The beginner's guide to... Formula 1 pre-season testing
We’ve seen all 10 teams unveil their brand-new contenders – or at least their new liveries – but the official pre-season test will give us the first real chance to see all the new F1 cars on track for the first time. Our latest beginner’s guide takes you through the how, when and why of pre-season testing...
What and when is pre-season testing?
Pre-season testing is a chance for teams to run their cars on track ahead of the first race of the year. It’s been happening for decades, but testing used to be a mostly private affair, with teams at one time able to do as much testing as they liked.
But it’s now a highly-regulated event that ensures equal time and conditions for all 10 teams and 20 drivers.
In 2023, testing takes place at the Bahrain International Circuit on February 23-25.
Each of the three days of pre-season testing is scheduled to begin at 1000 local time and end at 1930 local time, with an hour's break for lunch. That's a total of 25.5 hours that the track will be open over the course of the test – and the teams are only allowed to one run car at a time.
Why do teams take part in pre-season testing?
Teams make considerable changes to their designs during the winter break and build entirely new cars for each new season. So they need time to test the new parts – while also making sure their cars are reliable – before the opening race of the season.
Though not as wide-ranging as last year’s set of rules changes, there are some new regulations for this season, so teams have had to tweak their floor designs while also working on the general performance of their cars.
Pre-season testing is also important for drivers, as while they may have had ample hours on the simulator, this might be their first time at the wheel of the brand-new machine. With three full-time rookies – Logan Sargeant, Oscar Piastri and Nyck de Vries – on the grid, testing is an invaluable chance for them to get some much-needed track time before the first race.
Meanwhile the engineers will use the three days to collect data on their new machines – and make sure it correlates with what the wind tunnel and simulations have shown – while the mechanics will hone their skills during by practising pit stops.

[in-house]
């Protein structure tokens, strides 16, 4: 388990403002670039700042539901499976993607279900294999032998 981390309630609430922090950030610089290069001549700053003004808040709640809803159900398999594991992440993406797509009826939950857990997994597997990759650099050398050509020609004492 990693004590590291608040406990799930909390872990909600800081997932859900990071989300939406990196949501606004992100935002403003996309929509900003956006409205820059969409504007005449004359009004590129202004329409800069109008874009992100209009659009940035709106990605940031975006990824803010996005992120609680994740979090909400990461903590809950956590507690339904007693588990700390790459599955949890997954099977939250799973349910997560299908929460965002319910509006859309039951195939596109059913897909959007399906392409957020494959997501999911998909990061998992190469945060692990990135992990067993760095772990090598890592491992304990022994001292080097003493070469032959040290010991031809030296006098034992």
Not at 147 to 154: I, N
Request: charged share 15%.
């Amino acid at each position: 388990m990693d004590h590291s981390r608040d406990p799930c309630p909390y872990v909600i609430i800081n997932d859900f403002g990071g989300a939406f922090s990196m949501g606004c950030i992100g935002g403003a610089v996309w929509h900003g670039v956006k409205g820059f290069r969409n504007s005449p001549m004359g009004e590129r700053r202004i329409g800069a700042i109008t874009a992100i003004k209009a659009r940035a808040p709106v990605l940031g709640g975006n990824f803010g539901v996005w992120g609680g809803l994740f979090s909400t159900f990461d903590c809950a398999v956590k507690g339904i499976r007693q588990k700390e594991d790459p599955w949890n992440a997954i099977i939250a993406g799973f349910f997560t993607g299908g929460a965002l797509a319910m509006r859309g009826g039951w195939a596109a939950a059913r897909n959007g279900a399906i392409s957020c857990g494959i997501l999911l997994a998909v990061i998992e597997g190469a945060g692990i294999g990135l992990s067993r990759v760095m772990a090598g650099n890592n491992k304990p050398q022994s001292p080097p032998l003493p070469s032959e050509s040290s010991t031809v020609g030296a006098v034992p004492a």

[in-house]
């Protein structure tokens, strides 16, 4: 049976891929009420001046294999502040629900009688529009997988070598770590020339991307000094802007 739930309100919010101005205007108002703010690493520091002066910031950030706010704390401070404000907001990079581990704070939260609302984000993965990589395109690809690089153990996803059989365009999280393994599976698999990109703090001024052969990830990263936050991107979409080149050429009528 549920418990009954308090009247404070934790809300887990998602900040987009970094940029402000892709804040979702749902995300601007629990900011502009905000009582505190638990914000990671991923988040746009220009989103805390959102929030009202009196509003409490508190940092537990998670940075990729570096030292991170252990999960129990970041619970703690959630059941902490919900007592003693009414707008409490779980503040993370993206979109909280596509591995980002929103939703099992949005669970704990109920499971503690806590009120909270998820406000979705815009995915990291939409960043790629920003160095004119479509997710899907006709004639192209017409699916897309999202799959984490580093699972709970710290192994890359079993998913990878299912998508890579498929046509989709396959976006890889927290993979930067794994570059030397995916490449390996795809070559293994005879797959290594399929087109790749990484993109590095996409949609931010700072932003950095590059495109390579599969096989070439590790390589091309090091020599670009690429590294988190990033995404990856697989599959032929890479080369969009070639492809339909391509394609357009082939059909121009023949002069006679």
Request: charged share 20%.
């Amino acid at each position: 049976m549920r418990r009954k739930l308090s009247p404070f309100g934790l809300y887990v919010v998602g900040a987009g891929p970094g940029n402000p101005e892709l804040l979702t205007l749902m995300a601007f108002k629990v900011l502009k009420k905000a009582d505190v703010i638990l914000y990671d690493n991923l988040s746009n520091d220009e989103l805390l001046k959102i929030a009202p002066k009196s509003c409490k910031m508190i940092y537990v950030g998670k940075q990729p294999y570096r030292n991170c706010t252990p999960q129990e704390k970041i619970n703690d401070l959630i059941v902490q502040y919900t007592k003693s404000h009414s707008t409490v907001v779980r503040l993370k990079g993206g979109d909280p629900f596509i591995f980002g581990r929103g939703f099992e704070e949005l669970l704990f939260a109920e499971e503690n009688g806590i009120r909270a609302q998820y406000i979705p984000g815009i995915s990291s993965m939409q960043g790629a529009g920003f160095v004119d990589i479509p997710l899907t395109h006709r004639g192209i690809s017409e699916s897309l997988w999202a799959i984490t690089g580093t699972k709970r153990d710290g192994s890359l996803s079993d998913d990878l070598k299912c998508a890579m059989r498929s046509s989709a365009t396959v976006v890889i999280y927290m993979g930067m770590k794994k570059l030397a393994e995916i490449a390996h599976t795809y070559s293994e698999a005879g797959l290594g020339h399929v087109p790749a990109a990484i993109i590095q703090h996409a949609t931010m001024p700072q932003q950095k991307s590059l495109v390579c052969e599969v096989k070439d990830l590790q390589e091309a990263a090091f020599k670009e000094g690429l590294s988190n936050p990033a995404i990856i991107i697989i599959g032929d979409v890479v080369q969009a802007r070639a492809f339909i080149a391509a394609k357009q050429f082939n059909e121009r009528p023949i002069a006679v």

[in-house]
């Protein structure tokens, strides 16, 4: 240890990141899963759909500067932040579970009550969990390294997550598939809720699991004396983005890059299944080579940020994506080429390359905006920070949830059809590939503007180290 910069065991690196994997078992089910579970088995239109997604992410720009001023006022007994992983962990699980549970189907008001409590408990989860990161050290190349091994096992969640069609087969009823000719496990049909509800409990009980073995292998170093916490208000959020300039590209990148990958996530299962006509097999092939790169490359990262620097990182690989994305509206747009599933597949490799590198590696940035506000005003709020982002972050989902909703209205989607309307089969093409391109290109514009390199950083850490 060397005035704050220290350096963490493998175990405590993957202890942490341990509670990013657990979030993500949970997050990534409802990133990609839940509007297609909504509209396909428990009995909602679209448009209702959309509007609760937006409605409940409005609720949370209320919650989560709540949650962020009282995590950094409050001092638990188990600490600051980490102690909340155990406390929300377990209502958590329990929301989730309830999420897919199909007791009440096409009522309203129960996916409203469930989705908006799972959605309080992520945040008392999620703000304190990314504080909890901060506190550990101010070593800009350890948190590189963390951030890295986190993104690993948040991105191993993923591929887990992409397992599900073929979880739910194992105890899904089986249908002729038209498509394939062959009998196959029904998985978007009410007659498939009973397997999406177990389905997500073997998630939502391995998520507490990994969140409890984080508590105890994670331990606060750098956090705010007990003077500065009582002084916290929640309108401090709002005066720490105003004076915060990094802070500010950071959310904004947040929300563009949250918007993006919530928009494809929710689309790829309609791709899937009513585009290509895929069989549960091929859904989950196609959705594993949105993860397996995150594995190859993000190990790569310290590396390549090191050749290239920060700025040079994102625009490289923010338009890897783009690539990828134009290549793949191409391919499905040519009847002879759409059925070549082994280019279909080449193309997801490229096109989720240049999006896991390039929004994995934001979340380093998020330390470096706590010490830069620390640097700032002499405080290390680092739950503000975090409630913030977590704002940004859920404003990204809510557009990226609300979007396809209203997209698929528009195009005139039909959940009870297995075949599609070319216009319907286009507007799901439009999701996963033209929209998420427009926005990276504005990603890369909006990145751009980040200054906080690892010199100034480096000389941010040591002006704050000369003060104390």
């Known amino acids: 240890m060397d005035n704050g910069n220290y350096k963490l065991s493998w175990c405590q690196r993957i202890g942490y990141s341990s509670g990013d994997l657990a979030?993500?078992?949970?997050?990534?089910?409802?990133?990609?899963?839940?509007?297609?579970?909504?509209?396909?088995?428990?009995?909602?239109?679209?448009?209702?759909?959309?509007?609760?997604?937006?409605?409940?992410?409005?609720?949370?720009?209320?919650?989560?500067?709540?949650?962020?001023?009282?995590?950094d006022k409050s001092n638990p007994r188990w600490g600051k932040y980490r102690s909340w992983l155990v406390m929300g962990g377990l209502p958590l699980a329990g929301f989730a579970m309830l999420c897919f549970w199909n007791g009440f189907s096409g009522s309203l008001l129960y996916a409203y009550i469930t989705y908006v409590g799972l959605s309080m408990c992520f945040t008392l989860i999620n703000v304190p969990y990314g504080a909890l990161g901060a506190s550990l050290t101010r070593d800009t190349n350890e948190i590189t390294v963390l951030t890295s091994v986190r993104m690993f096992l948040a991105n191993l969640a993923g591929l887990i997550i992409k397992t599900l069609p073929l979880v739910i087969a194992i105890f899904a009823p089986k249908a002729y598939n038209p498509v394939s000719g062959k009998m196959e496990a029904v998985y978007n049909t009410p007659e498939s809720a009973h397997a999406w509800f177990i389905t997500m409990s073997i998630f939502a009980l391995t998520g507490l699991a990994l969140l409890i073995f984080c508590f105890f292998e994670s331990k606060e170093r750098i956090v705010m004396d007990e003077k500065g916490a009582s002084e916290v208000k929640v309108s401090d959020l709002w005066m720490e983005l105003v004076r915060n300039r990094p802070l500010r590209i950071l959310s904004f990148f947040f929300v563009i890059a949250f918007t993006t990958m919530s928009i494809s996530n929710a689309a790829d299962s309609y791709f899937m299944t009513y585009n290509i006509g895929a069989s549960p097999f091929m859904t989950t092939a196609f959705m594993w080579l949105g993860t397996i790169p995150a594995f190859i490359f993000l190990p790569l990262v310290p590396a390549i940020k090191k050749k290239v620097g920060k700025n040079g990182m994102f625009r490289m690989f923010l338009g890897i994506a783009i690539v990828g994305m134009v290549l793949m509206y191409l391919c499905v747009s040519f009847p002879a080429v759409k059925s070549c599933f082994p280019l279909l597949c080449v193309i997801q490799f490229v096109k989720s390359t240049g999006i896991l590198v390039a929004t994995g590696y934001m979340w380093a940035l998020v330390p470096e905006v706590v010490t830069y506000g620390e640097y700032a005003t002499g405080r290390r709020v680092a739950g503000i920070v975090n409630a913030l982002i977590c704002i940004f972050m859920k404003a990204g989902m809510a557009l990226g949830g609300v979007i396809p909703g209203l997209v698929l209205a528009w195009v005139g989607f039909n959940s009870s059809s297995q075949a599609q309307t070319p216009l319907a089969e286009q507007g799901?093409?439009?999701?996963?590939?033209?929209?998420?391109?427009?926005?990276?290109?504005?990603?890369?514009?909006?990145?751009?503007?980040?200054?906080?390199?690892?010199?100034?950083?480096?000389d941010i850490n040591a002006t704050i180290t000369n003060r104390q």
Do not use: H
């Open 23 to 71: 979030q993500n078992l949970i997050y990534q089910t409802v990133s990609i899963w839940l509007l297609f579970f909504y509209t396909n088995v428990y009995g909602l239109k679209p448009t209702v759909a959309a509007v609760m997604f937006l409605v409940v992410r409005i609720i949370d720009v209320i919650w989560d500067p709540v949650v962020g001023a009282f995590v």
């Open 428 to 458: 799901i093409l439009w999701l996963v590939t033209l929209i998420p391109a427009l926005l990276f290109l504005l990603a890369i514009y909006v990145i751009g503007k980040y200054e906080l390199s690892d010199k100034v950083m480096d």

How do I watch and follow testing?
Here on F1.com we’ll have live text commentary – just as we do for every race weekend – plus live timing, up-to-date reaction and in-depth written analysis from every testing session.
F1 TV subscribers can even watch the sessions live, plus catch extra features, on the official streaming platform.
Alternatively, coverage of the pre-season test may also be carried by your local F1 broadcaster, such as Sky Sports in the UK.
What should I watch for in testing?
This is our first proper chance to see the new cars on track, each – hopefully – sporting new aerodynamic parts. The floors will definitely be different, given new rules to combat porpoising – that's when the cars bounce up and down at high speed – but teams might also have re-shaped their sidepods and engine covers over winter break.
Last year, some teams – such as Mercedes and Red Bull – brought markedly different versions of their cars to pre-season testing after the initial three days of running in Barcelona. This year, there are just three days of running in total, so we might not see such a dramatic change in designs from Day 1 to Day 3 in Bahrain – but they will almost definitely be fitting upgrades between testing and the first race of the season, which also takes place in Bahrain, on March 3-5.
Mileage is at a premium this year given how short the test is. Last year, McLaren – with Daniel Ricciardo recovering from Covid-19 – covered the least ground with 200 laps over the three-day test in Bahrain; Mercedes managed 385.
Finally, the test will also give us a glimpse of aforementioned rookies Piastri (McLaren), Sargeant (Williams) and De Vries (AlphaTauri), plus new signings Fernando Alonso (Aston Martin), Pierre Gasly (Alpine) and Nico Hulkenberg (Haas).
Do the timesheets matter in testing?
Yes, to a point – teams will be looking to put down some fast laps and run their cars with lower fuel loads and softer tyre compounds – but testing times do need to be taken with a pinch of salt.
Max Verstappen managed to set the fastest testing times in 2022 and 2021 – and he went on to win the championship in both seasons – though that doesn’t mean testing gives us a full picture of the competitive order: Yuki Tsunoda set the second-fastest time overall in 2021 and Mick Schumacher was second-fastest overall in 2022.
Teams don't generally reveal how much fuel they've been using during a session, either, which makes it even harder to tell who's actually going to be fastest.
Of course, if Ferrari and Mercedes manage a consistently quick and reliable showing in pre-season testing, then talk of a three-way title fight will erupt ahead of the Bahrain Grand Prix on March 5…